Preparing for pension dashboards – an action plan
The Pension Schemes Bill 2020 will bring in legislation to enable and enforce participation in pension dashboards. So what can trustees do now to prepare?
On the surface, the pensions dashboard concept couldn’t be simpler: individuals can see all their pension savings in one place, so that they can understand how much money they will have to retire on and act accordingly. But to quote an old adage, if it was that simple it would have been done by now.
At the time of writing lots of aspects remain unknown. This includes details of the identity verification system, the data to be provided to dashboards, how schemes will be expected to match member records and what data will be provided to consumers.
With so much still unknown, what can employers and trustees do to make sure their scheme is dashboard ready.
What do we know?
Dashboards are badly needed to empower individuals to plan for their future and make decisions about retirement. As individuals’ working lives become more complex, the risk of losing touch with pensions wealth increases and at their very basic level dashboards could significantly reduce this risk.
The government also recognises the potential for the dashboards to improve engagement. The Money and Pensions Service (MAPS) will be producing a dashboard but other bodies will be able to do the same, subject to meeting regulatory requirements. The government’s support for multiple dashboards will enable dashboards to be incorporated into existing customer journeys, which we believe will drive up usage and better decision making.
All schemes are likely to be compelled to provide data to pension dashboards, but it’s yet to be seen whether this will be from day one, or if a staged approach based on scheme type or size will be adopted.
The state pension will be included in dashboards, but similar to private pensions, we don’t know if this will be from day one.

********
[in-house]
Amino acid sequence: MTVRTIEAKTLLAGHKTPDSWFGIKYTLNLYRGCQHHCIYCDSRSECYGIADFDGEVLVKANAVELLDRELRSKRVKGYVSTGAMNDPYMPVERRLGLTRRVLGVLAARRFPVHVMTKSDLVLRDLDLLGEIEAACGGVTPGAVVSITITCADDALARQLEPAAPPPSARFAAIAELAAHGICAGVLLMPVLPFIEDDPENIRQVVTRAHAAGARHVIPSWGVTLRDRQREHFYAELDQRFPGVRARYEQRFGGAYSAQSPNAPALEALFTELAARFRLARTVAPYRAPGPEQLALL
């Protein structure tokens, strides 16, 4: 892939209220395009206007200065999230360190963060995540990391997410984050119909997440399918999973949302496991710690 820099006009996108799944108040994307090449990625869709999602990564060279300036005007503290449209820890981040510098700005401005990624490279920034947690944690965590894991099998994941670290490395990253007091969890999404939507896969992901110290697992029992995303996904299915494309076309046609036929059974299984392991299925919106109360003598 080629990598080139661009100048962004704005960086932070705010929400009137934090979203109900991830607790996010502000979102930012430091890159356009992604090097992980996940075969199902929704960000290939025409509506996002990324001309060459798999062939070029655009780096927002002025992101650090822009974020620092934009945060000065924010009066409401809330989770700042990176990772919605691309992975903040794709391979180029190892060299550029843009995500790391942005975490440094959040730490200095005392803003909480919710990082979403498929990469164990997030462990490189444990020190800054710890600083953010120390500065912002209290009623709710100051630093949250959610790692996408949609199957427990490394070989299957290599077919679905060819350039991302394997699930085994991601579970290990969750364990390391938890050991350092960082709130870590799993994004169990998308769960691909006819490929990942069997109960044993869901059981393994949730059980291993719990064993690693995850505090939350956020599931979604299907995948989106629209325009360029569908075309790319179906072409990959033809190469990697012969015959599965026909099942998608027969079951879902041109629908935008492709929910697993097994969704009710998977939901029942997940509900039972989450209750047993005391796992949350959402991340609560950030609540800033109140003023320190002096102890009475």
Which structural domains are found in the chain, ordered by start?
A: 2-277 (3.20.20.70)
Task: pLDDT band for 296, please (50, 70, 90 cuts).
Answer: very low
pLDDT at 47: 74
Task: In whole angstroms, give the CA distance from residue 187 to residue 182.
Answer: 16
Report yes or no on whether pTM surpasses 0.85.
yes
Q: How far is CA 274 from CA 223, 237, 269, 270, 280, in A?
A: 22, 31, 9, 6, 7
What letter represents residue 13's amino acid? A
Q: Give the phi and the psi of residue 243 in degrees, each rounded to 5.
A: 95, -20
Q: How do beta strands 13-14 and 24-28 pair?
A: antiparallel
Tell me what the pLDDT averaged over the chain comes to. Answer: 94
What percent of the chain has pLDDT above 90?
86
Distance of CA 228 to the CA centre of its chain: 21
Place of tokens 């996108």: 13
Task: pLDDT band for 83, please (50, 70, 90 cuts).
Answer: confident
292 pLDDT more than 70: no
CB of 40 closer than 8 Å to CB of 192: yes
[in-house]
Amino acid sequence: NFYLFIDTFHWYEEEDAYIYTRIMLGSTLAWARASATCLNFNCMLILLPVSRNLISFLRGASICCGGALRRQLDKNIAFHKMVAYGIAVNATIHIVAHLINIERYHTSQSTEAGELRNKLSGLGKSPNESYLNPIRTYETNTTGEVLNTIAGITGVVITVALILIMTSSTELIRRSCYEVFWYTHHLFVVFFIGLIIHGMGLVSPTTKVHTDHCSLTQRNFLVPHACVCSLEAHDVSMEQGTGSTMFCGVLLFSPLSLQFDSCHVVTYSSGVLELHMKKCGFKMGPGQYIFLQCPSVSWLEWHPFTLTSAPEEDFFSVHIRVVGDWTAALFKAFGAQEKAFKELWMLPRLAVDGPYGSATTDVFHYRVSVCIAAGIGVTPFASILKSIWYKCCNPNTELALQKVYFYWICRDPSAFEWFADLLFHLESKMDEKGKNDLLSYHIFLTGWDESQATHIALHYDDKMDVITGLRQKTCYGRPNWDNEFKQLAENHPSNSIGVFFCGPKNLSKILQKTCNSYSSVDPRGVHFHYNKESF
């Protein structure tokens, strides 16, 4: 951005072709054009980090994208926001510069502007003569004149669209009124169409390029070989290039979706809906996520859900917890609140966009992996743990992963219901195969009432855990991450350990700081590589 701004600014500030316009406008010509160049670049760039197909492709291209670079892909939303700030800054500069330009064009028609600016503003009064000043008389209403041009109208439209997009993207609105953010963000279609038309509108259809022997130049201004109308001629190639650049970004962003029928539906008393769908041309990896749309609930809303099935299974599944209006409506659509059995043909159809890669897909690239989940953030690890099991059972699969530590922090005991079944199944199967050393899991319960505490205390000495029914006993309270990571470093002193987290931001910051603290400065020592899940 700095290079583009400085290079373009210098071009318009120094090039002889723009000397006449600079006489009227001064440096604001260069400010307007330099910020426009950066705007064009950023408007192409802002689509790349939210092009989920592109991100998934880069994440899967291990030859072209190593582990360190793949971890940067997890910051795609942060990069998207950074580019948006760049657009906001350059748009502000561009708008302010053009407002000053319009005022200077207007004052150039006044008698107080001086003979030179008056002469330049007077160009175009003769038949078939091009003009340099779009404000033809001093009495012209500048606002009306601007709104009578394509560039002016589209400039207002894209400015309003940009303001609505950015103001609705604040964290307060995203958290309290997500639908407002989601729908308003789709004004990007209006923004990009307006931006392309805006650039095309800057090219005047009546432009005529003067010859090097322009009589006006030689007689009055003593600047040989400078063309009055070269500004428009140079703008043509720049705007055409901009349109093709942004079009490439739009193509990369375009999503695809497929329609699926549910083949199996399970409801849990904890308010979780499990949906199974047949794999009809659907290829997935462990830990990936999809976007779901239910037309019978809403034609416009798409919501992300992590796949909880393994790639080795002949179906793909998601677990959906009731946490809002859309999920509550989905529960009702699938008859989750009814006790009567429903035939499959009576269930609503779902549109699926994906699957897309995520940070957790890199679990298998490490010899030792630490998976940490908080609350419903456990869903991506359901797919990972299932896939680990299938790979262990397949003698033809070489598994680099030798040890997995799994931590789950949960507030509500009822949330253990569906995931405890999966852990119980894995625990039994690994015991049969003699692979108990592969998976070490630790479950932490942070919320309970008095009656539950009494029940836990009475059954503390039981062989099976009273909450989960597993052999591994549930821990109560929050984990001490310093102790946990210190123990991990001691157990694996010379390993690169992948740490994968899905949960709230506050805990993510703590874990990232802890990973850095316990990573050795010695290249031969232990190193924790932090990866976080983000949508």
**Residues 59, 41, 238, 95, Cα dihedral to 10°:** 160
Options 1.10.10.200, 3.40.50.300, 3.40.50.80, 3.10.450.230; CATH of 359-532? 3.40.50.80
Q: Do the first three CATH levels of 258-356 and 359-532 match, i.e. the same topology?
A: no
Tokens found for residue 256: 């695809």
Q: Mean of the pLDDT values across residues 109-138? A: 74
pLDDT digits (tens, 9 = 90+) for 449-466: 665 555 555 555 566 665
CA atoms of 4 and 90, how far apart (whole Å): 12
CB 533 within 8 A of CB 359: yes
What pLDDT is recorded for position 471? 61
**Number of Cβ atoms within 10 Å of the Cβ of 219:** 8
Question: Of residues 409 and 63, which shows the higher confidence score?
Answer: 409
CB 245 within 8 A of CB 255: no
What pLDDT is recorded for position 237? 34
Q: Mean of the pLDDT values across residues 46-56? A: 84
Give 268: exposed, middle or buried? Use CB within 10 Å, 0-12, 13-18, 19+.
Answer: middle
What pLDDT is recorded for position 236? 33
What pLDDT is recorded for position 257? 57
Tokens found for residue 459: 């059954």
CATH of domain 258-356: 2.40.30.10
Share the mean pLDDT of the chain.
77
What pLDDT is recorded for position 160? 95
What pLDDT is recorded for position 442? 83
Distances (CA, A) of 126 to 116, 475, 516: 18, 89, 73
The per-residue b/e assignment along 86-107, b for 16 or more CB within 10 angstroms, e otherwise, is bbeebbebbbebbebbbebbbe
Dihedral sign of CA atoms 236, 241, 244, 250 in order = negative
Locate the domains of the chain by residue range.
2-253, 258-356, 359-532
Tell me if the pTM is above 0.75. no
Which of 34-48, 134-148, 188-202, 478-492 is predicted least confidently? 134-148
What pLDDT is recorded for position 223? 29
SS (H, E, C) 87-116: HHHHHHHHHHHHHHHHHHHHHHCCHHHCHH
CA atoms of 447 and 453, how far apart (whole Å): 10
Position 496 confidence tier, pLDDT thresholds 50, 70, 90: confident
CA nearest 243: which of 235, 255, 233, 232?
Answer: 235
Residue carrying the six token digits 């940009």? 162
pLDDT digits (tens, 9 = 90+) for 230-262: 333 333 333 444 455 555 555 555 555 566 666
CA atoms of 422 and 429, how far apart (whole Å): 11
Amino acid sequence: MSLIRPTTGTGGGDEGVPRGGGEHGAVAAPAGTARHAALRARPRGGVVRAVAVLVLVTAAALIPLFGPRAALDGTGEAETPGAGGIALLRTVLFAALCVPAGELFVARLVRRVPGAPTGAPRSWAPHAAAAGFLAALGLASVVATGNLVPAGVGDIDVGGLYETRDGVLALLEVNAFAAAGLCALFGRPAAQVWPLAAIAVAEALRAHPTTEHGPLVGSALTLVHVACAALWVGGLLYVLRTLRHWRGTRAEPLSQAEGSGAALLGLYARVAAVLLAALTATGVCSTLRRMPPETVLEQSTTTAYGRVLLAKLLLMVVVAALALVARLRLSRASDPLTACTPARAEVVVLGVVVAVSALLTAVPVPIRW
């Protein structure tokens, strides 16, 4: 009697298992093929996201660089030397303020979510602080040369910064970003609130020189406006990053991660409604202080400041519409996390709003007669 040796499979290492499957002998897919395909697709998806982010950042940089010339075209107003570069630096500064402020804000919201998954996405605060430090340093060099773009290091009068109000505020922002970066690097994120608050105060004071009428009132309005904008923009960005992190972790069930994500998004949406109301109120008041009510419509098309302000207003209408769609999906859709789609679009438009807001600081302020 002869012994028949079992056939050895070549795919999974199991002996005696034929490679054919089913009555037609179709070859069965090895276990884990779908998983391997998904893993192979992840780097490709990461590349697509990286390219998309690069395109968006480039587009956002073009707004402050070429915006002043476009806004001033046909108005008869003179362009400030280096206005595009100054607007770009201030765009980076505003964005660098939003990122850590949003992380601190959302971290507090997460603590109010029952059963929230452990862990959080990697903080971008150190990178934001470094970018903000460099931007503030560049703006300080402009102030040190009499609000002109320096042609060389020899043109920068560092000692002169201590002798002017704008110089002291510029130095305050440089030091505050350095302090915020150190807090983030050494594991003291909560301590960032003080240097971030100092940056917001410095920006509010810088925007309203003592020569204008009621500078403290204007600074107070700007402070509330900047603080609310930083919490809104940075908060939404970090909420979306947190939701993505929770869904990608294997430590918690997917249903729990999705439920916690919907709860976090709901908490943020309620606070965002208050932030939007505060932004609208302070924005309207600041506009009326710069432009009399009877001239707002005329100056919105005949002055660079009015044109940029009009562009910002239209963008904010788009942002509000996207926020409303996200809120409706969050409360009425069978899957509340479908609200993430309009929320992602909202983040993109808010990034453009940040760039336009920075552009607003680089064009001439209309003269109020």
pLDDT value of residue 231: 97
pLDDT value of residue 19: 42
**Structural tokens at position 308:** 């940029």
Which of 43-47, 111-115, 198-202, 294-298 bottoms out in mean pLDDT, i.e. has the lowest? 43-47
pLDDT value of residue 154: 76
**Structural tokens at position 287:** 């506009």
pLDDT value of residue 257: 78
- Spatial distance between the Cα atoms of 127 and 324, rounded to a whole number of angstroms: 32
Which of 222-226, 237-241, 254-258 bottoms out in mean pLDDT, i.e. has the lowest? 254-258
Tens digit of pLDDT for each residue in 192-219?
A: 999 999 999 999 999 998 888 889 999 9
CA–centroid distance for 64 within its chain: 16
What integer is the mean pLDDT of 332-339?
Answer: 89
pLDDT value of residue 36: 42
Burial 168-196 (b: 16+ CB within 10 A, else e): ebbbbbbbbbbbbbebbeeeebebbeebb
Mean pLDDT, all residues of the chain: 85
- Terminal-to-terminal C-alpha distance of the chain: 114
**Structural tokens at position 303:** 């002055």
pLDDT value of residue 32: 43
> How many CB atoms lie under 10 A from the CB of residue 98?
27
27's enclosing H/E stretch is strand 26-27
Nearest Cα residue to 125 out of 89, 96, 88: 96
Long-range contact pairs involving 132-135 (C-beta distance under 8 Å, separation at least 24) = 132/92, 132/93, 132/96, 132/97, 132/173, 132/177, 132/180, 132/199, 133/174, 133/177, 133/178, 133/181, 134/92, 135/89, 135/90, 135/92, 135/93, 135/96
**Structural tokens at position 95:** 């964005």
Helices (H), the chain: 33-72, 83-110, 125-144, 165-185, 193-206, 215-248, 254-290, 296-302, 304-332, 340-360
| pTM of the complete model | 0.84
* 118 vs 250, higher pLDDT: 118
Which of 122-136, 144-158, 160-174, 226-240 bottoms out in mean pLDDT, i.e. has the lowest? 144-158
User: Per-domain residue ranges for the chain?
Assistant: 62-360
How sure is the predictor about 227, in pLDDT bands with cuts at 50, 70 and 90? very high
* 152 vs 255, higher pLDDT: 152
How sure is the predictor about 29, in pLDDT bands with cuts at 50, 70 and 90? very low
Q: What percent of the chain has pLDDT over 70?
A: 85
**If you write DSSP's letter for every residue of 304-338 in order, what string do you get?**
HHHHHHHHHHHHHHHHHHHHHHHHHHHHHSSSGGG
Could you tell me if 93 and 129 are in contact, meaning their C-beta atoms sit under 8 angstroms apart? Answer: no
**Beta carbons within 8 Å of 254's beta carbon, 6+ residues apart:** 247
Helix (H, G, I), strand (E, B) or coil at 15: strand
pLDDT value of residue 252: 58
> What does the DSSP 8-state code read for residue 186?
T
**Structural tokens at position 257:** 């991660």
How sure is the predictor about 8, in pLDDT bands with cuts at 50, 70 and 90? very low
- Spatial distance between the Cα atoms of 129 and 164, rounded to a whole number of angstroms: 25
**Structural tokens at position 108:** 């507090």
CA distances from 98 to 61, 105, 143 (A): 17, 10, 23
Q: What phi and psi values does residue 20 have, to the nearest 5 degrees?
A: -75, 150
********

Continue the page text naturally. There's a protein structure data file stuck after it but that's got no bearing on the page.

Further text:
Regulations will detail the data required. The Pension Schemes Bill provides the framework for regulations to prescribe the way in which pension information must be held, when it must be provided, the steps taken before the data may be provided and the manner and form in which it’s provided.
Another unknown at this stage. Regulations will need to be passed to fill in the blanks within the Pension Schemes Bill. The dashboards and data links then need to be established. We anticipate that we‘ll see dashboards in 2021 but there’s nothing to guarantee this at the moment.
What should trustees do?
Even though there’s a lot to be clarified, trustees of defined contribution (DC) schemes can start to prepare now.
The requirements for schemes are best summed up as: being able to supply the correct fund value, to the right member, at their request.
Supplying the correct fund value - It was suggested in the dashboards consultation that fund values will replicate information already produced by schemes for annual benefits statements and other correspondence. As such, trustees of modern DC schemes should need to do little additional work at this stage.
Those trustees with hybrid schemes should probably adopt a wait and see approach as it‘s not clear how a DC current fund value and a DB pension entitlement will be presented to members.
Getting information to the right member ‐ Pension dashboards will be dependent on the quality of common data (name, address, date of birth, National Insurance number etc.) held by schemes.
The Pensions Regulator is already focused on making sure schemes carry out regular checks on common data – but this will become even more important with the implementation of dashboards. If common data is missing or inaccurate, it might not be possible to match people with their pension pots, leading to an incomplete picture of a member’s savings.
Trustees should collaborate with their administrators to ensure data is as clean and complete as possible. Enabling and encouraging members to update their personal details online is one way to achieve this.
Providing information on demand ‐ Dashboards will need to be able to execute real‐time data exchanges, so that values can be provided when a member requests them. The plan is that data won’t be held within the dashboard itself – it will be held and supplied by schemes using open standards.
Using a consistent set of open standards makes sense and administrators should be able to provide data using current functionality. Trustees should seek re-assurance from their administrators as to whether this will be the case. Some, like Aviva, already provide real time exchange of information, while for others this might require system development.
The dashboard can and should become an integral part of individuals’ retirement planning – but it will only be a success if schemes are able to deliver the information that members need.
Good quality data is the essential foundation on which all dashboards will be built.